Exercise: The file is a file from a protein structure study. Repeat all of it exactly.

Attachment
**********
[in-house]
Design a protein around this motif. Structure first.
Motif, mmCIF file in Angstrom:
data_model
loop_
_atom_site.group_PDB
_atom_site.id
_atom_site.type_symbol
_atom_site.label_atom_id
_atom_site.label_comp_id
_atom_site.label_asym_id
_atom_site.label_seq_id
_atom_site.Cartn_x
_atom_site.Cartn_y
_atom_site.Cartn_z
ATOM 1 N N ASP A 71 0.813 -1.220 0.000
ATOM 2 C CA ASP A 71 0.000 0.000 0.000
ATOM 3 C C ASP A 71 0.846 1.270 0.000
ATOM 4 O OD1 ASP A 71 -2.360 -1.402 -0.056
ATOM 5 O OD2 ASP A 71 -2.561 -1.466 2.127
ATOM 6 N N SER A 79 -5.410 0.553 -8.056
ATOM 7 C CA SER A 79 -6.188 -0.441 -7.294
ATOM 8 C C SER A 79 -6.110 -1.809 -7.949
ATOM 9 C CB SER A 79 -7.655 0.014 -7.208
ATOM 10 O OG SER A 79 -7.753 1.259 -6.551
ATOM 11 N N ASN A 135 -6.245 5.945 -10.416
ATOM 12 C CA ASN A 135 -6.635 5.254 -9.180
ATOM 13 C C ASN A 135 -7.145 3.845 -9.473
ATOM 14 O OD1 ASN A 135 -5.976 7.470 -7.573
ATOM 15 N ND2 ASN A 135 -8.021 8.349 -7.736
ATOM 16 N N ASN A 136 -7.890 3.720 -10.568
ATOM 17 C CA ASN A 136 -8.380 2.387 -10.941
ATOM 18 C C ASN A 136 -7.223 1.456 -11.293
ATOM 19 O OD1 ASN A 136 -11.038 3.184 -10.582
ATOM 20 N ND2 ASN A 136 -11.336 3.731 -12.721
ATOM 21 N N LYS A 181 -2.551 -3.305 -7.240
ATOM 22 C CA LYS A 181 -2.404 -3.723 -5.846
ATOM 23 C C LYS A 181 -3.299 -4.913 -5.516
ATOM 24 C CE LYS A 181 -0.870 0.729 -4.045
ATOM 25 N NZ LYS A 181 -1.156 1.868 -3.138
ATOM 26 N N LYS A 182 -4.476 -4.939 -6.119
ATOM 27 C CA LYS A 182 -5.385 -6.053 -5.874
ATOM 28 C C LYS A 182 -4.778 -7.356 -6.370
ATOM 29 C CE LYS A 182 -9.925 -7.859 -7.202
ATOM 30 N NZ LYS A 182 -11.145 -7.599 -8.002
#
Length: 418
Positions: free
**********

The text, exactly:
[in-house]
Design a protein around this motif. Structure first.
Motif, mmCIF file in Angstrom:
data_model
loop_
_atom_site.group_PDB
_atom_site.id
_atom_site.type_symbol
_atom_site.label_atom_id
_atom_site.label_comp_id
_atom_site.label_asym_id
_atom_site.label_seq_id
_atom_site.Cartn_x
_atom_site.Cartn_y
_atom_site.Cartn_z
ATOM 1 N N ASP A 71 0.813 -1.220 0.000
ATOM 2 C CA ASP A 71 0.000 0.000 0.000
ATOM 3 C C ASP A 71 0.846 1.270 0.000
ATOM 4 O OD1 ASP A 71 -2.360 -1.402 -0.056
ATOM 5 O OD2 ASP A 71 -2.561 -1.466 2.127
ATOM 6 N N SER A 79 -5.410 0.553 -8.056
ATOM 7 C CA SER A 79 -6.188 -0.441 -7.294
ATOM 8 C C SER A 79 -6.110 -1.809 -7.949
ATOM 9 C CB SER A 79 -7.655 0.014 -7.208
ATOM 10 O OG SER A 79 -7.753 1.259 -6.551
ATOM 11 N N ASN A 135 -6.245 5.945 -10.416
ATOM 12 C CA ASN A 135 -6.635 5.254 -9.180
ATOM 13 C C ASN A 135 -7.145 3.845 -9.473
ATOM 14 O OD1 ASN A 135 -5.976 7.470 -7.573
ATOM 15 N ND2 ASN A 135 -8.021 8.349 -7.736
ATOM 16 N N ASN A 136 -7.890 3.720 -10.568
ATOM 17 C CA ASN A 136 -8.380 2.387 -10.941
ATOM 18 C C ASN A 136 -7.223 1.456 -11.293
ATOM 19 O OD1 ASN A 136 -11.038 3.184 -10.582
ATOM 20 N ND2 ASN A 136 -11.336 3.731 -12.721
ATOM 21 N N LYS A 181 -2.551 -3.305 -7.240
ATOM 22 C CA LYS A 181 -2.404 -3.723 -5.846
ATOM 23 C C LYS A 181 -3.299 -4.913 -5.516
ATOM 24 C CE LYS A 181 -0.870 0.729 -4.045
ATOM 25 N NZ LYS A 181 -1.156 1.868 -3.138
ATOM 26 N N LYS A 182 -4.476 -4.939 -6.119
ATOM 27 C CA LYS A 182 -5.385 -6.053 -5.874
ATOM 28 C C LYS A 182 -4.778 -7.356 -6.370
ATOM 29 C CE LYS A 182 -9.925 -7.859 -7.202
ATOM 30 N NZ LYS A 182 -11.145 -7.599 -8.002
#
Length: 418
Positions: free